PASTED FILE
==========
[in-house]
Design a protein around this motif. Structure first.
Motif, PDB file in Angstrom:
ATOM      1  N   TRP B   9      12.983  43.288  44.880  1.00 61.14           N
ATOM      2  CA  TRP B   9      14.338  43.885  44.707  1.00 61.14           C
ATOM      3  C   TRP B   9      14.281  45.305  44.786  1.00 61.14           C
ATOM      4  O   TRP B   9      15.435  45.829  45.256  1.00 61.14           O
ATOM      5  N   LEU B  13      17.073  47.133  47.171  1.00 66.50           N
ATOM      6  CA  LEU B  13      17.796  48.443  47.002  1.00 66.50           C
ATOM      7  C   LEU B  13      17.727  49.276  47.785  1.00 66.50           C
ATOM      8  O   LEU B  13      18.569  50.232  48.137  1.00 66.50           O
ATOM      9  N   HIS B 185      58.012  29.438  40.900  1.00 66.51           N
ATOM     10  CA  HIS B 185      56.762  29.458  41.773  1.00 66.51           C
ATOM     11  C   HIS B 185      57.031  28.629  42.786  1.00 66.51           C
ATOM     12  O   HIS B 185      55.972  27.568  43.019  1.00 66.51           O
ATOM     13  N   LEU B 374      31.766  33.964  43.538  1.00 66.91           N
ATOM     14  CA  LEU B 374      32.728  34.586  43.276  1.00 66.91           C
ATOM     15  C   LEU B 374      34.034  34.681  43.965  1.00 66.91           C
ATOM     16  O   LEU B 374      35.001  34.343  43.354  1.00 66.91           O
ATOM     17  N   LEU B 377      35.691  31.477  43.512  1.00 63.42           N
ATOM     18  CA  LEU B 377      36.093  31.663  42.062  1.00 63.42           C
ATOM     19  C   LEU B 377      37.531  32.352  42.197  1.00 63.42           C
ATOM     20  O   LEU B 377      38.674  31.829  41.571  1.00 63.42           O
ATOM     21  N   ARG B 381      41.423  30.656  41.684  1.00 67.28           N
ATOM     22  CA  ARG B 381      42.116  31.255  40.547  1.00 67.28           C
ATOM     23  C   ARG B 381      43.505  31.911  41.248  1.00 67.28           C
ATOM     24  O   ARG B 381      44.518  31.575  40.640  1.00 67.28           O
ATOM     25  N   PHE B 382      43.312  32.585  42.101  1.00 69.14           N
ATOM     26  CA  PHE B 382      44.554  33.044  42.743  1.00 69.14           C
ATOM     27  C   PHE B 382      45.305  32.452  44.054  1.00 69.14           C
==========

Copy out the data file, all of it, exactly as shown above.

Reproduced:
[in-house]
Design a protein around this motif. Structure first.
Motif, PDB file in Angstrom:
ATOM      1  N   TRP B   9      12.983  43.288  44.880  1.00 61.14           N
ATOM      2  CA  TRP B   9      14.338  43.885  44.707  1.00 61.14           C
ATOM      3  C   TRP B   9      14.281  45.305  44.786  1.00 61.14           C
ATOM      4  O   TRP B   9      15.435  45.829  45.256  1.00 61.14           O
ATOM      5  N   LEU B  13      17.073  47.133  47.171  1.00 66.50           N
ATOM      6  CA  LEU B  13      17.796  48.443  47.002  1.00 66.50           C
ATOM      7  C   LEU B  13      17.727  49.276  47.785  1.00 66.50           C
ATOM      8  O   LEU B  13      18.569  50.232  48.137  1.00 66.50           O
ATOM      9  N   HIS B 185      58.012  29.438  40.900  1.00 66.51           N
ATOM     10  CA  HIS B 185      56.762  29.458  41.773  1.00 66.51           C
ATOM     11  C   HIS B 185      57.031  28.629  42.786  1.00 66.51           C
ATOM     12  O   HIS B 185      55.972  27.568  43.019  1.00 66.51           O
ATOM     13  N   LEU B 374      31.766  33.964  43.538  1.00 66.91           N
ATOM     14  CA  LEU B 374      32.728  34.586  43.276  1.00 66.91           C
ATOM     15  C   LEU B 374      34.034  34.681  43.965  1.00 66.91           C
ATOM     16  O   LEU B 374      35.001  34.343  43.354  1.00 66.91           O
ATOM     17  N   LEU B 377      35.691  31.477  43.512  1.00 63.42           N
ATOM     18  CA  LEU B 377      36.093  31.663  42.062  1.00 63.42           C
ATOM     19  C   LEU B 377      37.531  32.352  42.197  1.00 63.42           C
ATOM     20  O   LEU B 377      38.674  31.829  41.571  1.00 63.42           O
ATOM     21  N   ARG B 381      41.423  30.656  41.684  1.00 67.28           N
ATOM     22  CA  ARG B 381      42.116  31.255  40.547  1.00 67.28           C
ATOM     23  C   ARG B 381      43.505  31.911  41.248  1.00 67.28           C
ATOM     24  O   ARG B 381      44.518  31.575  40.640  1.00 67.28           O
ATOM     25  N   PHE B 382      43.312  32.585  42.101  1.00 69.14           N
ATOM     26  CA  PHE B 382      44.554  33.044  42.743  1.00 69.14           C
ATOM     27  C   PHE B 382      45.305  32.452  44.054  1.00 69.14           C